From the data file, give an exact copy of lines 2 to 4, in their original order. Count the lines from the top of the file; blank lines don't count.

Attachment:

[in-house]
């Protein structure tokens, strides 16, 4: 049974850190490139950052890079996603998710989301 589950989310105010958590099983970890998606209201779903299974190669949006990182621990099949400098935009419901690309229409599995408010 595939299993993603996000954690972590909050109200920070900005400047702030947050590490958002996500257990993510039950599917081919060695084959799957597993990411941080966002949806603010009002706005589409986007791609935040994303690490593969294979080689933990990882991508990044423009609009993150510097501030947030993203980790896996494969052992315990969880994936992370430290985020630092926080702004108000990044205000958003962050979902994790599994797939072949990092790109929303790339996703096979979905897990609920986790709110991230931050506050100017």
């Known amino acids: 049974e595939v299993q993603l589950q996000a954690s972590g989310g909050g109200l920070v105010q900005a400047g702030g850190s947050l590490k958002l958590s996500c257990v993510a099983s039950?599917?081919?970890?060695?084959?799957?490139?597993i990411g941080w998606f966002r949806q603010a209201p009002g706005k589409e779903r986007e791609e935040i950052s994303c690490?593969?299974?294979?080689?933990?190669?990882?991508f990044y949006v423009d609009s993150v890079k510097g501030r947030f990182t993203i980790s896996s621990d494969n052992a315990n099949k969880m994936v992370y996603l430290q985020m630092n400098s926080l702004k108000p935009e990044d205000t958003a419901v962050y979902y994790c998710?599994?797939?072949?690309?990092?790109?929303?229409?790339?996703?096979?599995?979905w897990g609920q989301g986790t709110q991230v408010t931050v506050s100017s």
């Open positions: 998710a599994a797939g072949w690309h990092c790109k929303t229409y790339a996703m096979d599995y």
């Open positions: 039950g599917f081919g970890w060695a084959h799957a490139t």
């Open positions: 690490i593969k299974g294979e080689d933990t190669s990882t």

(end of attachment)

């Protein structure tokens, strides 16, 4: 049974850190490139950052890079996603998710989301 589950989310105010958590099983970890998606209201779903299974190669949006990182621990099949400098935009419901690309229409599995408010 595939299993993603996000954690972590909050109200920070900005400047702030947050590490958002996500257990993510039950599917081919060695084959799957597993990411941080966002949806603010009002706005589409986007791609935040994303690490593969294979080689933990990882991508990044423009609009993150510097501030947030993203980790896996494969052992315990969880994936992370430290985020630092926080702004108000990044205000958003962050979902994790599994797939072949990092790109929303790339996703096979979905897990609920986790709110991230931050506050100017």
């Known amino acids: 049974e595939v299993q993603l589950q996000a954690s972590g989310g909050g109200l920070v105010q900005a400047g702030g850190s947050l590490k958002l958590s996500c257990v993510a099983s039950?599917?081919?970890?060695?084959?799957?490139?597993i990411g941080w998606f966002r949806q603010a209201p009002g706005k589409e779903r986007e791609e935040i950052s994303c690490?593969?299974?294979?080689?933990?190669?990882?991508f990044y949006v423009d609009s993150v890079k510097g501030r947030f990182t993203i980790s896996s621990d494969n052992a315990n099949k969880m994936v992370y996603l430290q985020m630092n400098s926080l702004k108000p935009e990044d205000t958003a419901v962050y979902y994790c998710?599994?797939?072949?690309?990092?790109?929303?229409?790339?996703?096979?599995?979905w897990g609920q989301g986790t709110q991230v408010t931050v506050s100017s």
């Open positions: 998710a599994a797939g072949w690309h990092c790109k929303t229409y790339a996703m096979d599995y």